If there is unreserved credit due to Noise Pop, they do a laudable job boosting local acts. The cavernous synth washes of Oakland producer Mars Kumari, doused in reverb and deliriously slugged with side-chain compression, have the brooding textures and hauntological unease of many Internet-based subgenres, with hip-hop serving as its grounding force: she’s a member of Danny Brown’s Bruiser Brigade and recently opened for R.A.P. Ferreira last year at a club in Potrero Hill.

But at that gig and this one, I had trouble spotting the foundation which supports her diffuse anti-matter. When drumless, her tracks could be much more easily read as gauzy ambient; with sizzling 808 hats, the loud-pack drowsiness of witch house. A recent, more traditional boom-bap collab with Del tha Funkee Homosapien proves Kumari’s ability to do unambiguous rap production. Were these sets perhaps a gambit of unflinching ennui, a flip of the usual tranquil pleasantries of chill/study beats?

I tend to resist and then later savor this kind of illegibility. I struggled the first time hearing the rapper Fatboi Sharif, a similarly spooky dude whose style and sincerity I had a hard time calibrating. A deep baritone doomsayer, he raps like he can barely suppress a demonic cackle, his hands waving over a crystal ball. His grave and ghastly lyrics, among them some explicit political screeds, unfurl through a Spirit Halloween smirk; he often bellows and twists his bar-ending vowels with a sadistic, atonal taunt like Luther from The Warriors.

But Sharif guests on Kumari’s vaporous debut full-length, last year’s I Thought I Lost You, in a feature that showcases–and helpfully for me, clarifies–both of their strategies. Kumari conjures a barely-there fog of distant pads and half-recollected drums, upon which Sharif mourns the metaphorical death of a past self who had been riddled with doubt: “Explore pages / awkward phase / children kept quiet / altered world secretly afraid”. Sharif recounts the tolls of a victim in the voice of a villain; Kumari designs set pieces specifically for plumbing memory.

I wish this had translated at Grey Area, where Kumari cued a series of hazy voids from two 404 samplers, each movement generally following the same cycle of emergence and decay. The tracks were fixed in the loop-based vernacular of instrumental hip-hop but stretched to dance-floor lengths, missing the dynamic changes or temperature shifts necessary to justify that kind of duration. When drums appeared, they were phased and swirled across the stereo field, any distinguishing momentum thrown outside the center of the frame. The wedding of hip-hop and abstract dance music is a very fruitful pursuit: there’s recent triumphs from Huerco S and aya, even Beans from Anti-Pop Consortium is out here linking with Vladislav Delay. At their best, Kumari’s achievements on record stand alongside these, but some additional personnel on stage–a trusted trip-sitter to occupy the foreground–could put her intentions in greater focus.

Then again, one could always reject that hierarchy entirely. The experimental Bolivian-American producer Chuquimamani-Condori played tracks from their latest project, DJ E, an unmastered Bandcamp-only release that consciously avoids what the artist sees as hegemonic sonic polish. This was evident not only by the array of sounds and fidelities (one track integrates the whinny of a spinning circular saw blade) but the horizontal practice Chuquimamani-Condori brought to the performance. With two keytars in tow, backing tracks of blown-out bass and chunky caporales rhythms blaring, they played the dense pads that, for most electronic music, typically serve as subrosa sweetener or energy-elevating risers. The background was foregrounded, everything front-loaded in a fully consuming rush.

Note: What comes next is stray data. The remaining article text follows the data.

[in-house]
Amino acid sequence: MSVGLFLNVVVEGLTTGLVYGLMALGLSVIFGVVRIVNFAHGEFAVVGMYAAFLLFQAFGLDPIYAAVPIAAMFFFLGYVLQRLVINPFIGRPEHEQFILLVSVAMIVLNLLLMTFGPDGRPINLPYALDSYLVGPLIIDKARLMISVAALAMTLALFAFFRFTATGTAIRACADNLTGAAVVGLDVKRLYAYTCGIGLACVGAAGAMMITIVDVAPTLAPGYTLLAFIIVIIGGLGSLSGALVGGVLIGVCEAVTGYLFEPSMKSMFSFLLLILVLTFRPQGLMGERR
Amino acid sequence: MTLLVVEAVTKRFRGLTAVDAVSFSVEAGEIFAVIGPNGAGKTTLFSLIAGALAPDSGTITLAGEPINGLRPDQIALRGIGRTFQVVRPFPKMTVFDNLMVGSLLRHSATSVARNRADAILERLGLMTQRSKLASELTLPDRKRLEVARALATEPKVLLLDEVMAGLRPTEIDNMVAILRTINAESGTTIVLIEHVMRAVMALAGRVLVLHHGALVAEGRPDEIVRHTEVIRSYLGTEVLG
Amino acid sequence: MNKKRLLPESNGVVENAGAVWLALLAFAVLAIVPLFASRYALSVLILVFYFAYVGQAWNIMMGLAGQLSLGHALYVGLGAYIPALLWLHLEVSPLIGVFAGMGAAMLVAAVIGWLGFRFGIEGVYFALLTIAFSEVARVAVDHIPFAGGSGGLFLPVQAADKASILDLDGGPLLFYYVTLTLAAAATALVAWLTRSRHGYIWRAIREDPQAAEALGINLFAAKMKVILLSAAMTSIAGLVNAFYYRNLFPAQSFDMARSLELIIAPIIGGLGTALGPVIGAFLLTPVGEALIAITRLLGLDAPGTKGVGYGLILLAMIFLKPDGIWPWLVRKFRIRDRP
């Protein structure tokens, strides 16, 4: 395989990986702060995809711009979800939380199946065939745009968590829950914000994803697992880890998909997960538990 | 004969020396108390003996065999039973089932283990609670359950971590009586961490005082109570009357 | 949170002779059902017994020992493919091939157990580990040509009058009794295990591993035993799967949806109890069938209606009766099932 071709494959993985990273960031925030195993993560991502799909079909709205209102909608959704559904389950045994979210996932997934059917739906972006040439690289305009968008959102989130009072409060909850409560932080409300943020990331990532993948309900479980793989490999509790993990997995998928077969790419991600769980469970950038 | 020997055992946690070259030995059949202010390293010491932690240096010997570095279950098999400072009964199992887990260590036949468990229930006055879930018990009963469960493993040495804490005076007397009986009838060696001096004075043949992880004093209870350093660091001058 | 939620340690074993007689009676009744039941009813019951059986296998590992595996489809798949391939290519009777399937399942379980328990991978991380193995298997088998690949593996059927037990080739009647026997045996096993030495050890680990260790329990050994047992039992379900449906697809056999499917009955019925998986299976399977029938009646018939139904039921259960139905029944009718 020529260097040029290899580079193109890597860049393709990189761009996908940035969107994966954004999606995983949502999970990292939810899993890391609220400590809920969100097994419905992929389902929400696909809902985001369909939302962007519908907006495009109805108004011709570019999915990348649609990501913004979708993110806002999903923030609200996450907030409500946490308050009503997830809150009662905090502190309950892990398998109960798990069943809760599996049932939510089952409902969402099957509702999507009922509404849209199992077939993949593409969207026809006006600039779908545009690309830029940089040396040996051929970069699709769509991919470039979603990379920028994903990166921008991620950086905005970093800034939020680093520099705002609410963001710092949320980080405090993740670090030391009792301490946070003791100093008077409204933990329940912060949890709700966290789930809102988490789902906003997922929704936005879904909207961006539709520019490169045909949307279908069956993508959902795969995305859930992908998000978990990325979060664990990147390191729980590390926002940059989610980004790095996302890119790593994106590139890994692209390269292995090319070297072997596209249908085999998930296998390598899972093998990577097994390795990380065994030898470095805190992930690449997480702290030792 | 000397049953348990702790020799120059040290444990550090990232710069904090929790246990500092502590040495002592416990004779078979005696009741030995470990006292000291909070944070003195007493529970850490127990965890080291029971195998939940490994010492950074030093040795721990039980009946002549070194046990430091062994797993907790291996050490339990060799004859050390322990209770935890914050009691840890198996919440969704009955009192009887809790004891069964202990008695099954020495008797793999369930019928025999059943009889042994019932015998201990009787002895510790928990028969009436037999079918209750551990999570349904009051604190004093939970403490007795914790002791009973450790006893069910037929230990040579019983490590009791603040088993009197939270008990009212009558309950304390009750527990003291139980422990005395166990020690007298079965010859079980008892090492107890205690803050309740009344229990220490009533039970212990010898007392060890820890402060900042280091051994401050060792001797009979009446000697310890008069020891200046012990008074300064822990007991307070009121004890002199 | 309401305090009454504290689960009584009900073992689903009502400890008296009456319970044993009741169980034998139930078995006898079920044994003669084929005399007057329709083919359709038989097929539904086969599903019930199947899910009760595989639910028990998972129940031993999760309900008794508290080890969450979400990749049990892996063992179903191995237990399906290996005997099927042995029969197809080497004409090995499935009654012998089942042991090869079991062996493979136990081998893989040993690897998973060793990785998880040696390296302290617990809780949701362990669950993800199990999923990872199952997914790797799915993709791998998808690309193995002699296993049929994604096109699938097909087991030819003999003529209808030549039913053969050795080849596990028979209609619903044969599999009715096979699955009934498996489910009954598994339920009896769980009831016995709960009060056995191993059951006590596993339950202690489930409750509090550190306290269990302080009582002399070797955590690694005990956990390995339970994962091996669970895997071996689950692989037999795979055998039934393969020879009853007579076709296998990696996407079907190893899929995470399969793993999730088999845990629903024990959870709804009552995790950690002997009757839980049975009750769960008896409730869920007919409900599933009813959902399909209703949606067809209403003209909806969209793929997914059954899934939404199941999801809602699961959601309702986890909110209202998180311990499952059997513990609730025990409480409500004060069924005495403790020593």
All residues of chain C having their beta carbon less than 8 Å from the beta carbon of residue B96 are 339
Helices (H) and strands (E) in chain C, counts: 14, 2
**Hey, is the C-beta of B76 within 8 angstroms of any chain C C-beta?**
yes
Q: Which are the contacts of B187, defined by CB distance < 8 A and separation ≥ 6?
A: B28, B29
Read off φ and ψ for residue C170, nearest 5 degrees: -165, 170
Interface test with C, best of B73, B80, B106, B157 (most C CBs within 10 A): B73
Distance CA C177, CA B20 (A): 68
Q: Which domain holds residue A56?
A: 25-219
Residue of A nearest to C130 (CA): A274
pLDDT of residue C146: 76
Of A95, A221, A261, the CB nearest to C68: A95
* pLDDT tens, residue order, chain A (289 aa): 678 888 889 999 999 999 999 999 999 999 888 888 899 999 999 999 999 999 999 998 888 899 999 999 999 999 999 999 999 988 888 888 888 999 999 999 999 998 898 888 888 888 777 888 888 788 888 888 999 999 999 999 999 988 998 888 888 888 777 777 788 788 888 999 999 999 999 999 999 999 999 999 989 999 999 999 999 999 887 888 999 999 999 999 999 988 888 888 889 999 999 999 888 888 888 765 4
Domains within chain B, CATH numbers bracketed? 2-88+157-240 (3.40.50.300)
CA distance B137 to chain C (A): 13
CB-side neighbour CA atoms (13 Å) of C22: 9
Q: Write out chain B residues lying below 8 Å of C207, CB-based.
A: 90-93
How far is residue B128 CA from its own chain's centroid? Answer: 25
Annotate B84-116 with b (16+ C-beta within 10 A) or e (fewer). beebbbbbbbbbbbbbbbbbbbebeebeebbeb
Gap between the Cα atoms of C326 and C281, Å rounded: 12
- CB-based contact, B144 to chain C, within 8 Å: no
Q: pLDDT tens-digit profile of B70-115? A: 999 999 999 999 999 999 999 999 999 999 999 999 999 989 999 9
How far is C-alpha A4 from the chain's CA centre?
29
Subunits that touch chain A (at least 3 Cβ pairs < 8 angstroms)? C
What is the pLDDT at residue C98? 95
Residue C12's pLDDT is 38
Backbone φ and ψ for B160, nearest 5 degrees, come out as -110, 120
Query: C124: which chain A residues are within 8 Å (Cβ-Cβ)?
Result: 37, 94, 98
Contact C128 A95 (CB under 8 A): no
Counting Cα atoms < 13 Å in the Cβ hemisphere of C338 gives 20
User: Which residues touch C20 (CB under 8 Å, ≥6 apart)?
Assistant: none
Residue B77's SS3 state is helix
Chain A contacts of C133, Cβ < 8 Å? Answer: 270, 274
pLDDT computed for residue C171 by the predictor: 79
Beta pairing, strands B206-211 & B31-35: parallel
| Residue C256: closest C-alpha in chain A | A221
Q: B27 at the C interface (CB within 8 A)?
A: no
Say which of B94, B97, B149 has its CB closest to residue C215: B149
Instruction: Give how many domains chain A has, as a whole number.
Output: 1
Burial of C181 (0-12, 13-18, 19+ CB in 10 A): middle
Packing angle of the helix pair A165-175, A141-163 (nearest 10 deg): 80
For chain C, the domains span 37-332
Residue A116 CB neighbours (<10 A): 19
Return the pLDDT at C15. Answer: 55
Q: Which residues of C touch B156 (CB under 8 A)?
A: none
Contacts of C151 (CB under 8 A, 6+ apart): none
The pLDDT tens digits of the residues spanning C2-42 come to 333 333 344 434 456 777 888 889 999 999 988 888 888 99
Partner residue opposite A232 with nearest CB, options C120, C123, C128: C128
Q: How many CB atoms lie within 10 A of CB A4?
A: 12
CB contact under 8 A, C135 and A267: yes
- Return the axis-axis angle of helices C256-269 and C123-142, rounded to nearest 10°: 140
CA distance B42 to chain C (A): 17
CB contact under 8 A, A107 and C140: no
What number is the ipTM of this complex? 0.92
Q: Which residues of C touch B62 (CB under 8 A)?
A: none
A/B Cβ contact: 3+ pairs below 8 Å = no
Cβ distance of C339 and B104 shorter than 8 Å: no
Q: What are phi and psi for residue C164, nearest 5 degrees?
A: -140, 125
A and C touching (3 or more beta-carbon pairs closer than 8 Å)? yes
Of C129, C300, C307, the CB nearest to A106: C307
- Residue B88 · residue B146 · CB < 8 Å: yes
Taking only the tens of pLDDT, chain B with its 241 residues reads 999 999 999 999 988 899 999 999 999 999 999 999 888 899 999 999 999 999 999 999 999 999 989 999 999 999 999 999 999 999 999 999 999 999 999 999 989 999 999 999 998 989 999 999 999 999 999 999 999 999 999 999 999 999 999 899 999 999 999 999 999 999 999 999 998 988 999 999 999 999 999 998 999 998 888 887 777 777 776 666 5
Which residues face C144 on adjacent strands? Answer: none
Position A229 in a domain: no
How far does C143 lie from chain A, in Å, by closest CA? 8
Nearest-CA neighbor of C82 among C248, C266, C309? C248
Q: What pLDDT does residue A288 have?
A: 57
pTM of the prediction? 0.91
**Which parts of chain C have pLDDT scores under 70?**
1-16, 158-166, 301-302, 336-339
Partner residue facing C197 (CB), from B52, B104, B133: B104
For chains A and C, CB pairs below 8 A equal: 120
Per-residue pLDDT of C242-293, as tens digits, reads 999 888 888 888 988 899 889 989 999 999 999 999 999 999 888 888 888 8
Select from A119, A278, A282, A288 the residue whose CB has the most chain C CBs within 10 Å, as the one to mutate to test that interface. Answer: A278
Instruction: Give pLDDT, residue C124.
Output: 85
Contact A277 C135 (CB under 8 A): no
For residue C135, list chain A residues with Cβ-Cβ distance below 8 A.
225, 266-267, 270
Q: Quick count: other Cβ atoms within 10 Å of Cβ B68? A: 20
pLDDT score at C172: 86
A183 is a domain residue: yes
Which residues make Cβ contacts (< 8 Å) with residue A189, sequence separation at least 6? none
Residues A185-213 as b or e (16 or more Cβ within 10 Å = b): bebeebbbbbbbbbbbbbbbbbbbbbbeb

Their music is an ecstatic synthesis of Andean folk, the sensibility and sonic ephemera of North and South American working-class FM radio, and contemporary electronic extremity. Panpipes and unsheathed sword samples jostled in cacophonous revelry with acoustic strums, boisterous DJ tags and what at first blush sounds like a sample of Smashing Pumpkins’ “Tonight Tonight.” 

I had seen them play earlier in the month at a downtown Oakland community arts space, a show that was part of a week-long program for a local queer Two-Spirit organization. The setting was pretty ideal: attendees munched empanadas and left sacraments on a flower-strewn altar, and the rented PA was juiced within an inch of its life. That night, stranded at 2 a.m., heavy and unrelenting winter rain filling the gutters, I called a Lyft. I only do this on occasion for many reasons, namely because of how often the exact same conversation transpires: a totally anodyne discussion of the weather with the driver turns to how pitiful their payouts from the company have become. The guy buzzing me back to Paradise Park said he’d be receiving $4 for the trip.

I would note that on Grey Area’s sound system, some destabilizing sonic elements in the downtown Oakland performance had been clarified, but not entirely tamed. There and here, during the dizzyingly dense “Return”, Chuquimamani-Condori tapped on the keytar’s neck pick-up to apply shuddering tremolo, putting the entire room’s cabin pressure in flux.

They took a rare conventional melodic lead on the joyous finale “Until I Find You Again”, tapping out plucky, cheerful intervals and then sustaining their swooning, accordion-like bellow. Alongside the tender fiddle of a country ballad, jagged kick drums landed like shrapnel whipped by a powerful seaside gale. Advanced yet pastoral, romantic yet hardly complacent, the music was utterly transporting not due to otherworldly remove but compressed proximity. There was terrific whooshing, and oh was it loud, but here I felt swept away, high as in literal altitude, like I’d rolled down the window of a pick-up truck barreling across a mountainside, the radio tuned to a broadcast from a more hopeful future.